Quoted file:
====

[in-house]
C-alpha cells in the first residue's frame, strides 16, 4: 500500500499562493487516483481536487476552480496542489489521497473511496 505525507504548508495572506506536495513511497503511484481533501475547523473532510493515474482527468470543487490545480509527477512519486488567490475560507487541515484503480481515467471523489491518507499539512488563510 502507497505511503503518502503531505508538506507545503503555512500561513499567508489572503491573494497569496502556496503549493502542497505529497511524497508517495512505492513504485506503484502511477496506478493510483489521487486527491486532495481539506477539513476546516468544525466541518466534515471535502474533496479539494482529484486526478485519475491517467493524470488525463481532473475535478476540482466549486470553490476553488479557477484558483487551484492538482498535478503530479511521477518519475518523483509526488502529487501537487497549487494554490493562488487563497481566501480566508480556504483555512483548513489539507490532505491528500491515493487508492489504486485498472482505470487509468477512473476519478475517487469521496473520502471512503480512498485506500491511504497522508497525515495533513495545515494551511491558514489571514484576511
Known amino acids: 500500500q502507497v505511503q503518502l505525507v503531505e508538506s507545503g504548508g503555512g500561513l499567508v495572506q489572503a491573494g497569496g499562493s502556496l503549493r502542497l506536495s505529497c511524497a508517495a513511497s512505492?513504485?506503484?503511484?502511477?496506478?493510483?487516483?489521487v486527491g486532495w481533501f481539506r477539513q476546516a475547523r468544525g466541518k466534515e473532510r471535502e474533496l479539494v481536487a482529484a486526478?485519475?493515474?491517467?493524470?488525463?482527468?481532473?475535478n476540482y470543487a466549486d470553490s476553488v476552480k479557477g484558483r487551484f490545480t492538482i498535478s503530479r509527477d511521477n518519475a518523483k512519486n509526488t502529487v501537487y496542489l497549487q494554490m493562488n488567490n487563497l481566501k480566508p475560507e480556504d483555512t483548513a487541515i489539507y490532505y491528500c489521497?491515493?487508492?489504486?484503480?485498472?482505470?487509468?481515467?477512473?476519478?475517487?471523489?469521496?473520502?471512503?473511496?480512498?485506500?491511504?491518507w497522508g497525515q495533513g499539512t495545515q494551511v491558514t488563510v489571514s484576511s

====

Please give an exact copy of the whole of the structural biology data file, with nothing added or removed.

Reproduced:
[in-house]
C-alpha cells in the first residue's frame, strides 16, 4: 500500500499562493487516483481536487476552480496542489489521497473511496 505525507504548508495572506506536495513511497503511484481533501475547523473532510493515474482527468470543487490545480509527477512519486488567490475560507487541515484503480481515467471523489491518507499539512488563510 502507497505511503503518502503531505508538506507545503503555512500561513499567508489572503491573494497569496502556496503549493502542497505529497511524497508517495512505492513504485506503484502511477496506478493510483489521487486527491486532495481539506477539513476546516468544525466541518466534515471535502474533496479539494482529484486526478485519475491517467493524470488525463481532473475535478476540482466549486470553490476553488479557477484558483487551484492538482498535478503530479511521477518519475518523483509526488502529487501537487497549487494554490493562488487563497481566501480566508480556504483555512483548513489539507490532505491528500491515493487508492489504486485498472482505470487509468477512473476519478475517487469521496473520502471512503480512498485506500491511504497522508497525515495533513495545515494551511491558514489571514484576511
Known amino acids: 500500500q502507497v505511503q503518502l505525507v503531505e508538506s507545503g504548508g503555512g500561513l499567508v495572506q489572503a491573494g497569496g499562493s502556496l503549493r502542497l506536495s505529497c511524497a508517495a513511497s512505492?513504485?506503484?503511484?502511477?496506478?493510483?487516483?489521487v486527491g486532495w481533501f481539506r477539513q476546516a475547523r468544525g466541518k466534515e473532510r471535502e474533496l479539494v481536487a482529484a486526478?485519475?493515474?491517467?493524470?488525463?482527468?481532473?475535478n476540482y470543487a466549486d470553490s476553488v476552480k479557477g484558483r487551484f490545480t492538482i498535478s503530479r509527477d511521477n518519475a518523483k512519486n509526488t502529487v501537487y496542489l497549487q494554490m493562488n488567490n487563497l481566501k480566508p475560507e480556504d483555512t483548513a487541515i489539507y490532505y491528500c489521497?491515493?487508492?489504486?484503480?485498472?482505470?487509468?481515467?477512473?476519478?475517487?471523489?469521496?473520502?471512503?473511496?480512498?485506500?491511504?491518507w497522508g497525515q495533513g499539512t495545515q494551511v491558514t488563510v489571514s484576511s